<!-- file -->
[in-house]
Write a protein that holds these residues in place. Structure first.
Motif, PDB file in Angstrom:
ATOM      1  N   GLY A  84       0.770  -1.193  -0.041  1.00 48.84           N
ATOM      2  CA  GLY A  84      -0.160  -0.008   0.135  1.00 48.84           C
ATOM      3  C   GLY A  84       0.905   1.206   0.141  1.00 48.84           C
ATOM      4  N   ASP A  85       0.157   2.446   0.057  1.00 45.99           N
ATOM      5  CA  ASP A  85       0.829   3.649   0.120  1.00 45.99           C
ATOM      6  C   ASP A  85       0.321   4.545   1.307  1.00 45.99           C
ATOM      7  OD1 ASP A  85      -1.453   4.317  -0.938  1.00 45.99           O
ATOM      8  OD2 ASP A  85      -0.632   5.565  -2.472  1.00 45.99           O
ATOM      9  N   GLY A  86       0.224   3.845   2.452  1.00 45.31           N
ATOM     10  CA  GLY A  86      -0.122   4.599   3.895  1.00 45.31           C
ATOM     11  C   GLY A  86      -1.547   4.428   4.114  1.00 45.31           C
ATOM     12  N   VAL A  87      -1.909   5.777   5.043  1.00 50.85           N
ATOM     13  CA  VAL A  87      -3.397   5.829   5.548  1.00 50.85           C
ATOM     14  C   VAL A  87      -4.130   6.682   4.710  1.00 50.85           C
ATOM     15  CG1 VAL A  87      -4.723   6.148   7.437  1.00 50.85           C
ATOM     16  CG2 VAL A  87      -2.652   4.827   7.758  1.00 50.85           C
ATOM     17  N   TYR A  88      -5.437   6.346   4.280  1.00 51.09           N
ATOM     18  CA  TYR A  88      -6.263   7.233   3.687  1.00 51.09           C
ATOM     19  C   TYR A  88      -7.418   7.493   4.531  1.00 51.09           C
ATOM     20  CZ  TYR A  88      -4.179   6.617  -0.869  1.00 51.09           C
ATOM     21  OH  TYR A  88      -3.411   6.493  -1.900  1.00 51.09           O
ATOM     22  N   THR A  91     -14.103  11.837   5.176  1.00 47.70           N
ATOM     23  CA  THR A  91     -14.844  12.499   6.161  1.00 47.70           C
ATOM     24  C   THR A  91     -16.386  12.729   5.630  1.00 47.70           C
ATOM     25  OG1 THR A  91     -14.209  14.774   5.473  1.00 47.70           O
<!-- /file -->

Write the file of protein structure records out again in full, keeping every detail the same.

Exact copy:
[in-house]
Write a protein that holds these residues in place. Structure first.
Motif, PDB file in Angstrom:
ATOM      1  N   GLY A  84       0.770  -1.193  -0.041  1.00 48.84           N
ATOM      2  CA  GLY A  84      -0.160  -0.008   0.135  1.00 48.84           C
ATOM      3  C   GLY A  84       0.905   1.206   0.141  1.00 48.84           C
ATOM      4  N   ASP A  85       0.157   2.446   0.057  1.00 45.99           N
ATOM      5  CA  ASP A  85       0.829   3.649   0.120  1.00 45.99           C
ATOM      6  C   ASP A  85       0.321   4.545   1.307  1.00 45.99           C
ATOM      7  OD1 ASP A  85      -1.453   4.317  -0.938  1.00 45.99           O
ATOM      8  OD2 ASP A  85      -0.632   5.565  -2.472  1.00 45.99           O
ATOM      9  N   GLY A  86       0.224   3.845   2.452  1.00 45.31           N
ATOM     10  CA  GLY A  86      -0.122   4.599   3.895  1.00 45.31           C
ATOM     11  C   GLY A  86      -1.547   4.428   4.114  1.00 45.31           C
ATOM     12  N   VAL A  87      -1.909   5.777   5.043  1.00 50.85           N
ATOM     13  CA  VAL A  87      -3.397   5.829   5.548  1.00 50.85           C
ATOM     14  C   VAL A  87      -4.130   6.682   4.710  1.00 50.85           C
ATOM     15  CG1 VAL A  87      -4.723   6.148   7.437  1.00 50.85           C
ATOM     16  CG2 VAL A  87      -2.652   4.827   7.758  1.00 50.85           C
ATOM     17  N   TYR A  88      -5.437   6.346   4.280  1.00 51.09           N
ATOM     18  CA  TYR A  88      -6.263   7.233   3.687  1.00 51.09           C
ATOM     19  C   TYR A  88      -7.418   7.493   4.531  1.00 51.09           C
ATOM     20  CZ  TYR A  88      -4.179   6.617  -0.869  1.00 51.09           C
ATOM     21  OH  TYR A  88      -3.411   6.493  -1.900  1.00 51.09           O
ATOM     22  N   THR A  91     -14.103  11.837   5.176  1.00 47.70           N
ATOM     23  CA  THR A  91     -14.844  12.499   6.161  1.00 47.70           C
ATOM     24  C   THR A  91     -16.386  12.729   5.630  1.00 47.70           C
ATOM     25  OG1 THR A  91     -14.209  14.774   5.473  1.00 47.70           O